If it surprises you that basketball is now the salutatorian in the present-day American sports hierarchy, it shouldn't. The NFL, of course, would be making the closing valedictorian remarks at the annual graduation, if there ever was one, while baseball, hockey, motor sports, and others would sit in the audience either (a) wondering why their GPA was not high enough to earn such a distinction or (b) apathetically listening while conjuring up the post-ceremony dinner order. The most anxious audience member at this fictitious ceremony would have to be baseball. The sport asks itself, "How on earth did this orange roundball that used to struggle filling major indoor venues create such a nationwide hysteria, even though its two Championship participants hail from obscure media markets that end the suffix "-land" (Note: No truly awesome municipality ends in the suffix "-land." New York, Chicago, Nashville, Charleston,.......nope).
One could hypothesize it is the wonderful athleticism or the meteoric player shot-making feats that opened the door for basketball to become the second most popular in the national sports landscape. But when basketball takes the stage to make the opening salutatorian remarks at graduation, it becomes immediately evident what got it there. The guy has got personality!
The sport features unmasked participants who are celebrating every aspect of game play, while unleashing a fury of secret handshakes and other hi-jinks in the direction of fans, officials, and television cameras. The Mutumbo finger wag, the Lebron flex, the Jordan tongue/shoulder shrug/fist pump/everything - THAT is why we love basketball. Personality.
Baseball is a drag nowadays - like everything we hate, it takes too long. Football feeds our instant gratification society's hunger with the best backyard spread we could imagine, while basketball keeps us in shape in the off-season.
In Rockaway, we tend to like our personalities quite a bit as well. That is probably why everybody on the Peninsula has an unforgettable and oft incriminating nickname. In the same vein, it is no coincidence that we glorify our local basketball players as deity. This installment of the "Top 10 Basketball Players in Peninsula History" prominently features that element of personality which kept us coming back to the schoolyard to watch our local heroes, even as their legs began to fail them and the passage of time stripped them of their divine hoop aptitude.
#7 Billy Ryan 6'0 PG, Princeton (Archbishop Molloy). Ryan could have authored a series of books on roundball after wrapping a career under legendary "C" surnamed coaches Curran and Carill. Stands today as a top five assist getter in Tiger history and was a First Team All-League selection as a Senior. Ryan was drafted by the New Jersey Nets back in '84 when the NBA had as many selection rounds as a school-wide kickball competition (200th pick), making him the only local draftee in the modern era. Known for his commitment to hardwood democracy, Billy found many fast friends who enjoyed spending their time waiting for kick outs on the perimeter.
#6 Ryan McCormack 6'0 PG, Adelphi (Xavier H.S.) A bit early for the 2000-era prom that was the highly promotional world of AAU basketball, McCormack fell to the Division II level, much to the dismay of every coach that had to strategize against his venomous abilities in college. Whenever you can put the phrase "National Player of the Year" next to your name, you know that you belong among the elite. Led the Garden City University squad to an unblemished regular season in his senior year before shipping off to Italy's top division for a few Sunday dinner's worth of a professional career. Rumor has it current Michigan coach John Belein offered him a scholarship to Canisius before bolting to Richmond following his senior year at Xavier High. Something tells me if Belein could do it again, he would have had McCormack wheel his red wagon and cooler down to Virginia to crawl with the Spiders.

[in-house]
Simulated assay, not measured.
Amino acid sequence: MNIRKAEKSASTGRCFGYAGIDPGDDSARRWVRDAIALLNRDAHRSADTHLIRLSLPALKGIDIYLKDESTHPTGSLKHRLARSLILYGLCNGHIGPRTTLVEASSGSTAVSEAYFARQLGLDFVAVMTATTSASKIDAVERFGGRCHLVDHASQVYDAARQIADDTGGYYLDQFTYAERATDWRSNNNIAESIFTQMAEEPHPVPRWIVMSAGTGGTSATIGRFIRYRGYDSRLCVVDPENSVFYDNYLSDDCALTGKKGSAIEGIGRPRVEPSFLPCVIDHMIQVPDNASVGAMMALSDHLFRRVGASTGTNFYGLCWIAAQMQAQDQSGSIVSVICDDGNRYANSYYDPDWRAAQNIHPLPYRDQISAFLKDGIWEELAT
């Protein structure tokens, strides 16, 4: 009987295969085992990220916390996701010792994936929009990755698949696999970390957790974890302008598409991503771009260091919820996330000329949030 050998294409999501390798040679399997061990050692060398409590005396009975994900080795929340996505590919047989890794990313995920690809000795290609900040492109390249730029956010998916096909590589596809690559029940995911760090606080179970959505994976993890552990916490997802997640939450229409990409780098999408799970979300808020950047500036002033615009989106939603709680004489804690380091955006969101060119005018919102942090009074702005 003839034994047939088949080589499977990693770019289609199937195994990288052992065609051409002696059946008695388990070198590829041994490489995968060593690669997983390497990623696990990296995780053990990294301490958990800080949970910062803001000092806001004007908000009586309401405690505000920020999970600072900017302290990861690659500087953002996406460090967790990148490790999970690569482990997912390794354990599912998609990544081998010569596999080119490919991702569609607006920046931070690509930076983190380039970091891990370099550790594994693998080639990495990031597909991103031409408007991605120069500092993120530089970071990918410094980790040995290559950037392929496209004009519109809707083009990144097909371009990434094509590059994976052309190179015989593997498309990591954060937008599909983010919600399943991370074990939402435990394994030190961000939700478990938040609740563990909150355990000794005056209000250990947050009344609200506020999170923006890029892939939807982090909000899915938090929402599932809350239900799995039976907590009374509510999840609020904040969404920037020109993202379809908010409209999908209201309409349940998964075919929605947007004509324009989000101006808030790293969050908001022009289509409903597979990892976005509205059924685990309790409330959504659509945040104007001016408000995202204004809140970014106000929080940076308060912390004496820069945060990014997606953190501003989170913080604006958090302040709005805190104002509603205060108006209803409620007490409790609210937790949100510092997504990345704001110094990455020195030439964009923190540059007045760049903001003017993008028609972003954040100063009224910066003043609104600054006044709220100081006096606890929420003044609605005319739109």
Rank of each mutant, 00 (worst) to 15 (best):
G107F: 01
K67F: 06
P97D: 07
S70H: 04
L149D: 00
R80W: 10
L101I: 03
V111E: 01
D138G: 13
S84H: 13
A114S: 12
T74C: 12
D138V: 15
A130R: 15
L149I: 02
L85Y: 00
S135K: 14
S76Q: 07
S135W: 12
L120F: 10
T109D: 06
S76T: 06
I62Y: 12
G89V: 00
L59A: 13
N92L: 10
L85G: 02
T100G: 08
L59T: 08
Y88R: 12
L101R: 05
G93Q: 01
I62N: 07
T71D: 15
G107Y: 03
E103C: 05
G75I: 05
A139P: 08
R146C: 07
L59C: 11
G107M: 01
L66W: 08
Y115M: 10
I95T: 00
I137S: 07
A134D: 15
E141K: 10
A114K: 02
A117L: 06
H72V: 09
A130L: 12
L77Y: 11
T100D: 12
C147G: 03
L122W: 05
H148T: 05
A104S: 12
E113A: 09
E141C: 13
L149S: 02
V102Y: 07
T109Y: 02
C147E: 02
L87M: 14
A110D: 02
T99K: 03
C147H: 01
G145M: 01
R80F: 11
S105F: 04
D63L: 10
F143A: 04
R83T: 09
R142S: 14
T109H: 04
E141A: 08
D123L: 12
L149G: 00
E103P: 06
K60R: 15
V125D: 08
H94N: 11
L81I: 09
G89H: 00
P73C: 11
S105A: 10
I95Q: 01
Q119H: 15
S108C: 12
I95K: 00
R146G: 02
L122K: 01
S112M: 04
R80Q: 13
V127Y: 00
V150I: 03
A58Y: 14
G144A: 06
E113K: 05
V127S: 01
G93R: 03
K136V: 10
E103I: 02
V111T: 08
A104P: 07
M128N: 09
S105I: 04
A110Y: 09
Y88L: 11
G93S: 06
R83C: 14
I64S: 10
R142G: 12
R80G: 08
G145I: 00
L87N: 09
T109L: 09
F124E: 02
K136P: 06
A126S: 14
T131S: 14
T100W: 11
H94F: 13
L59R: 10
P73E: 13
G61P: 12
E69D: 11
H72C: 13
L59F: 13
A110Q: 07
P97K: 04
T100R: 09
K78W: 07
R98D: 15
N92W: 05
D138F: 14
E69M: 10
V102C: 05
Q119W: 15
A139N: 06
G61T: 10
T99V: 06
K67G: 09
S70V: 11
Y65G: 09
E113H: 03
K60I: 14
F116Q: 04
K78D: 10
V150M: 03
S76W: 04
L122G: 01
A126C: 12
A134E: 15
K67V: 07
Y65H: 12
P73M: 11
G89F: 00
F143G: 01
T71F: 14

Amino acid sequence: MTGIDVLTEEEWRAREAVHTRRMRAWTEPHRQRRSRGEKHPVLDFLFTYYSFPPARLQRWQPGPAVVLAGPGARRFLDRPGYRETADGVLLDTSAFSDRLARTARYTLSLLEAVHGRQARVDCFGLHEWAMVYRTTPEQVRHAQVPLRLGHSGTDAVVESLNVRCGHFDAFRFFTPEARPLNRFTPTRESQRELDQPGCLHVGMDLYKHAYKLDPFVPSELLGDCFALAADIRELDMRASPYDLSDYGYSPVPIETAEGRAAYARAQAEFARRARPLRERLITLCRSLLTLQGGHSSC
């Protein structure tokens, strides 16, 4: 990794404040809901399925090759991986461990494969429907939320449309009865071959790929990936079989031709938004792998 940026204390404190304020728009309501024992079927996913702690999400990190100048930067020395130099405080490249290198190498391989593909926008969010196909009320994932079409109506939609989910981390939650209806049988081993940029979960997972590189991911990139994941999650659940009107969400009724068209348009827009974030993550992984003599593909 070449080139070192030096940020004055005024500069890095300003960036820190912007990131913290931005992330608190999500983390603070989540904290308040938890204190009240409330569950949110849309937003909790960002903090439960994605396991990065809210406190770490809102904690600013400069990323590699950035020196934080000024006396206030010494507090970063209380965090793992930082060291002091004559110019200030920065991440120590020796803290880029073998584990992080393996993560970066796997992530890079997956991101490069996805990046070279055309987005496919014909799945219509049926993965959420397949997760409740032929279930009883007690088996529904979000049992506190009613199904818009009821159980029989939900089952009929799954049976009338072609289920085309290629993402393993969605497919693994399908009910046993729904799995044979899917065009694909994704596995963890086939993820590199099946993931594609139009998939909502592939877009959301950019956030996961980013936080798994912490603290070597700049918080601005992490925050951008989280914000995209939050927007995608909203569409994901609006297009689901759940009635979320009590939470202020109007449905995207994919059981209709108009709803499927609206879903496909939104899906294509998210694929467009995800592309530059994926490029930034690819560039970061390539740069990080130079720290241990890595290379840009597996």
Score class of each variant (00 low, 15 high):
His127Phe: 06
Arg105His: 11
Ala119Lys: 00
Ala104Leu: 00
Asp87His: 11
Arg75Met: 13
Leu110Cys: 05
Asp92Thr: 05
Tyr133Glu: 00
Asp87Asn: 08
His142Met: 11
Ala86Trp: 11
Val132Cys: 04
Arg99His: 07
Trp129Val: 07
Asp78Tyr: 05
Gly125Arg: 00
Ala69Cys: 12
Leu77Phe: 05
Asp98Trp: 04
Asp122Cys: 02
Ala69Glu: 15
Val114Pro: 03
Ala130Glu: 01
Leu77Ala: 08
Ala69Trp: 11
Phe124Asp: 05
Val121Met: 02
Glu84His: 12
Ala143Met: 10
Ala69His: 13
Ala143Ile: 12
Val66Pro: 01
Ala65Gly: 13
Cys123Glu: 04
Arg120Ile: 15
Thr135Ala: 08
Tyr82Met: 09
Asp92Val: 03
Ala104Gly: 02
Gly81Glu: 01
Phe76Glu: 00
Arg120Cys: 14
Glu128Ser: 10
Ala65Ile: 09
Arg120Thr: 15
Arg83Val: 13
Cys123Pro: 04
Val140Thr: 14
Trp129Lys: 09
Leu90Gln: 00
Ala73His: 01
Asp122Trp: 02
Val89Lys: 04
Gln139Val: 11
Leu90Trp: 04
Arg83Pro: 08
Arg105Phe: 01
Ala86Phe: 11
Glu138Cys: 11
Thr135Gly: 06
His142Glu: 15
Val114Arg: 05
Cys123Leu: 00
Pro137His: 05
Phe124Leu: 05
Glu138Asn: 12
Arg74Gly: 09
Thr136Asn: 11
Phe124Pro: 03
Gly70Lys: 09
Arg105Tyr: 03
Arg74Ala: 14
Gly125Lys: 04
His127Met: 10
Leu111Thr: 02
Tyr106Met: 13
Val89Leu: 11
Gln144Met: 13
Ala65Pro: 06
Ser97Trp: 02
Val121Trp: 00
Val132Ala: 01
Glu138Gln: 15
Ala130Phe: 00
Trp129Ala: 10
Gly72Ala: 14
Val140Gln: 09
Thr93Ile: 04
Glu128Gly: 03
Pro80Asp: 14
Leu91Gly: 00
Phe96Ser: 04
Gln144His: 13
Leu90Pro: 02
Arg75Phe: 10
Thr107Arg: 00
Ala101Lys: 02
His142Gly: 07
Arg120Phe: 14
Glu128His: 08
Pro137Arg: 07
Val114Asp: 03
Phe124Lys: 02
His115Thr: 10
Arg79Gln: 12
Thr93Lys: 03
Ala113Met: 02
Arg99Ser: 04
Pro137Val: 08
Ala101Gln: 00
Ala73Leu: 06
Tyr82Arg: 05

#5 Frank Walker 5'11 G, Hofstra (Christ the King) Forever ingrained in Rockaway folklore for his vaunted quickness off the dribble, Walker's position on this list spawned more debate in the past week than our upcoming Presidential election. Over the course of four years at Hofstra, Walker casually registered 1500 points while cementing himself as one of the Long Island school's greatest players of all time. In the right moment, he might tell you that the most fun he ever had playing was with the late 80's Connolly's dynasty in the St. Francis de Sales Men's Open Division. Possibly the best compliment I have ever heard regarding Frank's abilities, from a former summer blacktop opponent: "The worst moment of my life was in the huddle right before tipoff of a Summer Classics game, when a teammate told me I had to guard Walker."
#4 Clare Droesch 5'11 SG/SF, Boston College (Christ the King) Droesch, like Walker, matriculated from the Evil Empire on Metropolitan Avenue in Middle Village. The teams she suited up with at Christ the King were every bit '96-'00 Yankees, winning 3 of 4 Federation State Titles (all comers) and sweeping a quartet of City Championships. The insatiable desire to win carried on through college, where she led an otherwise nondescript small Jesuit program to four NCAA Tournaments, a Big East team trophy, and multiple wins over Geno Auriemma's UCONN team. To put that final accolade in perspective, New York City has changed mayors the same number of times in the past 3 years as the Connecticut women has lost basketball games. Always tepid when addressing individual exploits, Clare managed four-digit career scoring tallies at both the prep and college level. Her game in two words? Ball player. At nearly the size of a college power forward, she possessed an unheard of career 40% 3PT percentage and had no issue bullying opponents with violent drives when the circumstances warranted.
Top 3 next week. Who ya' got?BLOG COMMENTS POWERED BY DISQUS